Saturday, September 14, 2019

Are Students Bored ... or Boring?

I'm probably a bit full of it when I try to turn the tables on my students and their ability, or inability, to appreciate the classic literature I've assigned. The crux of the claim is that a book like 1984 or Pride & Prejudice is neither interesting nor boring -- each just exists as an artistic creation. Their value and quality varies depending on the reader. However, the claim cannot be that they are awful or boring or weak or poorly written. And, if they come across as "boring," it may simply be that the reader who feels that way is the only boring entity in the exchange. Thus, I try to emphasize that my greatest hope as a teacher is that my students come to appreciate the work as a quality work of art and social commentary, even if they don't really like it. And, I hope they won't call it "boring," but simply concede that it's not their preference and, perhaps, they can't fully "appreciate" its brilliance. Because I am certainly not going to use class time to engage with any piece of art I don't believe is brilliant.

So, each year at some point we have this exchange, and each year I grow a bit as well. This year a student wanted to know what work I found "boring" -- because if I didn't like it, there was no way she was going to invest the time. I laughed, but it did make me a bit sad, for I don't want to be that curmudgeonly presence in anyone's education. That said, we had an interesting chat about works from our curriculum they were bored by. When the classic archetype for all modern superheroes, Beowulf , came up, I felt compelled to defend the famous Geat and help them understand why the poem is anything but boring. The gap, I believe, is the ability of people to connect with and grasp the written word as entertainment. If I can bridge that gap, I will truly be educating. And, perhaps one day my students will not only "appreciate" Beowulf in some similar way to Iron Man and Captain America, but they just might be inclined to buy my, yet-to-be-written, scholarly study of allusions and the epic hero, "The Bible, Beowulf, & Buffy: allusion and archetypes in popular culture."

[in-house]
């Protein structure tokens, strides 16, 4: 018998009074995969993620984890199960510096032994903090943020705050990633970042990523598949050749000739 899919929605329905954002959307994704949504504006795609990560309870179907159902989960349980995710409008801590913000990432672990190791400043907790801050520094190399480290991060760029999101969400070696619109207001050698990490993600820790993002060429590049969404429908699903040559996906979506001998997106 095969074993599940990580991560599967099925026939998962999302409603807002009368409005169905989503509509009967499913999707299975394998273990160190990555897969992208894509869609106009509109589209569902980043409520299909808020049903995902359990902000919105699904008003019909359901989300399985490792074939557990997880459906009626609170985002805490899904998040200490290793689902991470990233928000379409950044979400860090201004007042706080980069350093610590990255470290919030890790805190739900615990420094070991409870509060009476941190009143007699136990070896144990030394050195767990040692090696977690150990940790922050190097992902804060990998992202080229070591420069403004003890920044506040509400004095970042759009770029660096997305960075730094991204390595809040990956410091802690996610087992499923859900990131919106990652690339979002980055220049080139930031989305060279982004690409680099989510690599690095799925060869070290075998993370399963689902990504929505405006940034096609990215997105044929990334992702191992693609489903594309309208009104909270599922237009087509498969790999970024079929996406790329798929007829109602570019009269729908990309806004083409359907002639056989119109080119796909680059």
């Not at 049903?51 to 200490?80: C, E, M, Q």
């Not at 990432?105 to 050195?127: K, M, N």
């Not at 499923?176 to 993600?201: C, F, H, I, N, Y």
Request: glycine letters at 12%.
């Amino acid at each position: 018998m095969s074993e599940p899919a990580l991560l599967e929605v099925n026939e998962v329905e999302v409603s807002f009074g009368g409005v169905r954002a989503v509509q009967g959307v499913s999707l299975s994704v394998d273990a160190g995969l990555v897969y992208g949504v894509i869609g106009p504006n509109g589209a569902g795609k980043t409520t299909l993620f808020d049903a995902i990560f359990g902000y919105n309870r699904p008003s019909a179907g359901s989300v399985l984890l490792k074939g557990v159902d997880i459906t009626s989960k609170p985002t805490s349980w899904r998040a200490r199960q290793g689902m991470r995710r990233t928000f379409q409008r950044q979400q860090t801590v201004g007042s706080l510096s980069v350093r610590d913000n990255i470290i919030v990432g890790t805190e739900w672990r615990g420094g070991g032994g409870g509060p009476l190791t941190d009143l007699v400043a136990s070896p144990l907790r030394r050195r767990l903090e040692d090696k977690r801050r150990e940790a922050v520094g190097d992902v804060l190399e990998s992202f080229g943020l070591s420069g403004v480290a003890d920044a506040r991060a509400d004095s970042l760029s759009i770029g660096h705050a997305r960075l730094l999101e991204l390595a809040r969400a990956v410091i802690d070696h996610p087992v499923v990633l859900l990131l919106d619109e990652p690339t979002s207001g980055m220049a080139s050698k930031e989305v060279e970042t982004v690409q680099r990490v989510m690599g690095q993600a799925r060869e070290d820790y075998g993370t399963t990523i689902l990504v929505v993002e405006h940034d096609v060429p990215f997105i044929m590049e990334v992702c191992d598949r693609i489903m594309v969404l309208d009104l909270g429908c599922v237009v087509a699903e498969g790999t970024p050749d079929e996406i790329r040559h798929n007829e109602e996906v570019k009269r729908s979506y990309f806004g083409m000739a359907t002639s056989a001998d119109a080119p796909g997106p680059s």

No comments: